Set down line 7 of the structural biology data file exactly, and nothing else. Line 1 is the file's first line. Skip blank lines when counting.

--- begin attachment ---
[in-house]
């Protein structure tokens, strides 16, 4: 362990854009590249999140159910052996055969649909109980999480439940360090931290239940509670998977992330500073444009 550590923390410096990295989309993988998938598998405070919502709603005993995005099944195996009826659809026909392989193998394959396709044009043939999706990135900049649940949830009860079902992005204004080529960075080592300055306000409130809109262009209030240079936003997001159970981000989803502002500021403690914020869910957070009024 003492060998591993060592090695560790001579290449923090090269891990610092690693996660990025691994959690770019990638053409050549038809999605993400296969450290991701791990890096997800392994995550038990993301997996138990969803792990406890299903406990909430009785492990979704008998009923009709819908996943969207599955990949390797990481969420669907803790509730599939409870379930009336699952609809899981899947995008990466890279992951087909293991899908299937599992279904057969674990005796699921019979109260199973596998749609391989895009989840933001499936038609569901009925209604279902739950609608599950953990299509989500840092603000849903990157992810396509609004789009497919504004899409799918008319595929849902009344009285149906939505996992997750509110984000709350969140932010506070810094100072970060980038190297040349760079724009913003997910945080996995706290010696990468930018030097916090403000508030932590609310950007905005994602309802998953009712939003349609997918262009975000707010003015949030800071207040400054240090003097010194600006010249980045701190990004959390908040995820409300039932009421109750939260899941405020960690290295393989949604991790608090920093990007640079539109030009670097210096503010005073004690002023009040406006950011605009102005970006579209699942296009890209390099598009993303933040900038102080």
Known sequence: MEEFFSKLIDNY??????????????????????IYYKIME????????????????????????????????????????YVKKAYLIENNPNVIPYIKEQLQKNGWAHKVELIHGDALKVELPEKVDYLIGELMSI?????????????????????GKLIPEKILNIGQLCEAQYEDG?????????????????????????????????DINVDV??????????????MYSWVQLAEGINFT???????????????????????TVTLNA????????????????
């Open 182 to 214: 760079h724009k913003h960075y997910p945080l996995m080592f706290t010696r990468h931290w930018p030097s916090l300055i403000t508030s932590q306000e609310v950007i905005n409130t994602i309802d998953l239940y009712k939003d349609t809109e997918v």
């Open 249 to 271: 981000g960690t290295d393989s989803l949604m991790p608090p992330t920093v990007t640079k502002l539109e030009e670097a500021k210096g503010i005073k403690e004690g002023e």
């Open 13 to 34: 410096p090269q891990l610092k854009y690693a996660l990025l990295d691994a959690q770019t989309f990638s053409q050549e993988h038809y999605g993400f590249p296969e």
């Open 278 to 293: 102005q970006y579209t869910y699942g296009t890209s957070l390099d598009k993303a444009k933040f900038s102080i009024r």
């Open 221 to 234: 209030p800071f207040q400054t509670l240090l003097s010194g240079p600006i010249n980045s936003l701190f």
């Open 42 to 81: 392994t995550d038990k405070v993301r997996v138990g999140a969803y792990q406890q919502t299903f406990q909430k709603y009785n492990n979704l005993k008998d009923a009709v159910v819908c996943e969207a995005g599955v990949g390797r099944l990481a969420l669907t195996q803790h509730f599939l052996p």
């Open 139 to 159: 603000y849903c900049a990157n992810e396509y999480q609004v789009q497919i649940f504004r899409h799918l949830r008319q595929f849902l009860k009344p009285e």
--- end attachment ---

């Open 278 to 293: 102005q970006y579209t869910y699942g296009t890209s957070l390099d598009k993303a444009k933040f900038s102080i009024r």